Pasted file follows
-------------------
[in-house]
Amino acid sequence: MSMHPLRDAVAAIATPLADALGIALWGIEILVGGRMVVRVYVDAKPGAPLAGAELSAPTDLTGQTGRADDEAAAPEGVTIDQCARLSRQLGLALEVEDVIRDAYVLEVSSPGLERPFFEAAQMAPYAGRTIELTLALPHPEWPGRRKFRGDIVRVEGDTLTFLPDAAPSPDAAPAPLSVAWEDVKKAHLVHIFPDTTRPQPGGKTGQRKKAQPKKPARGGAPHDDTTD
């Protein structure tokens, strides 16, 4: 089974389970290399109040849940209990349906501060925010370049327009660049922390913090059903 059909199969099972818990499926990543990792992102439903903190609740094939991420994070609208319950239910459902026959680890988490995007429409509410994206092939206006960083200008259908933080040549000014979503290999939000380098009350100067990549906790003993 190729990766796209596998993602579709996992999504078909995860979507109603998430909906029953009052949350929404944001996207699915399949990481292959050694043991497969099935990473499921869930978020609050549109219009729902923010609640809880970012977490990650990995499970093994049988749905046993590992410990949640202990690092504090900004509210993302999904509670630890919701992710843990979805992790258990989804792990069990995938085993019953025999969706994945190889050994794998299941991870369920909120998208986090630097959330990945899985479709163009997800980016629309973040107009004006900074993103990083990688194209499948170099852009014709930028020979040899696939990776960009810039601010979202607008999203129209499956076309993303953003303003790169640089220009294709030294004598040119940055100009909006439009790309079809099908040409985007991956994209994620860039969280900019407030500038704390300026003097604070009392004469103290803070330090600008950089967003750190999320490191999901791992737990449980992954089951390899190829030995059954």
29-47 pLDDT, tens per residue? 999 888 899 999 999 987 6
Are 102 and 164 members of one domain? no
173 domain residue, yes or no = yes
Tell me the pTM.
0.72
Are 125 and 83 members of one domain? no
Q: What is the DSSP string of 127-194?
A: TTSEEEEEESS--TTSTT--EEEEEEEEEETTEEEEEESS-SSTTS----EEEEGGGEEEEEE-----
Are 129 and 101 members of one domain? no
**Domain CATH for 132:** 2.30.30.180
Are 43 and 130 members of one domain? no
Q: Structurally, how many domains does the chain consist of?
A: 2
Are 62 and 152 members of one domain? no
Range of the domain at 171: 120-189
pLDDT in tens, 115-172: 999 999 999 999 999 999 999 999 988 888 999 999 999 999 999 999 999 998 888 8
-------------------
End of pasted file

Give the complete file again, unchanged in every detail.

[in-house]
Amino acid sequence: MSMHPLRDAVAAIATPLADALGIALWGIEILVGGRMVVRVYVDAKPGAPLAGAELSAPTDLTGQTGRADDEAAAPEGVTIDQCARLSRQLGLALEVEDVIRDAYVLEVSSPGLERPFFEAAQMAPYAGRTIELTLALPHPEWPGRRKFRGDIVRVEGDTLTFLPDAAPSPDAAPAPLSVAWEDVKKAHLVHIFPDTTRPQPGGKTGQRKKAQPKKPARGGAPHDDTTD
């Protein structure tokens, strides 16, 4: 089974389970290399109040849940209990349906501060925010370049327009660049922390913090059903 059909199969099972818990499926990543990792992102439903903190609740094939991420994070609208319950239910459902026959680890988490995007429409509410994206092939206006960083200008259908933080040549000014979503290999939000380098009350100067990549906790003993 190729990766796209596998993602579709996992999504078909995860979507109603998430909906029953009052949350929404944001996207699915399949990481292959050694043991497969099935990473499921869930978020609050549109219009729902923010609640809880970012977490990650990995499970093994049988749905046993590992410990949640202990690092504090900004509210993302999904509670630890919701992710843990979805992790258990989804792990069990995938085993019953025999969706994945190889050994794998299941991870369920909120998208986090630097959330990945899985479709163009997800980016629309973040107009004006900074993103990083990688194209499948170099852009014709930028020979040899696939990776960009810039601010979202607008999203129209499956076309993303953003303003790169640089220009294709030294004598040119940055100009909006439009790309079809099908040409985007991956994209994620860039969280900019407030500038704390300026003097604070009392004469103290803070330090600008950089967003750190999320490191999901791992737990449980992954089951390899190829030995059954």
29-47 pLDDT, tens per residue? 999 888 899 999 999 987 6
Are 102 and 164 members of one domain? no
173 domain residue, yes or no = yes
Tell me the pTM.
0.72
Are 125 and 83 members of one domain? no
Q: What is the DSSP string of 127-194?
A: TTSEEEEEESS--TTSTT--EEEEEEEEEETTEEEEEESS-SSTTS----EEEEGGGEEEEEE-----
Are 129 and 101 members of one domain? no
**Domain CATH for 132:** 2.30.30.180
Are 43 and 130 members of one domain? no
Q: Structurally, how many domains does the chain consist of?
A: 2
Are 62 and 152 members of one domain? no
Range of the domain at 171: 120-189
pLDDT in tens, 115-172: 999 999 999 999 999 999 999 999 988 888 999 999 999 999 999 999 999 998 888 8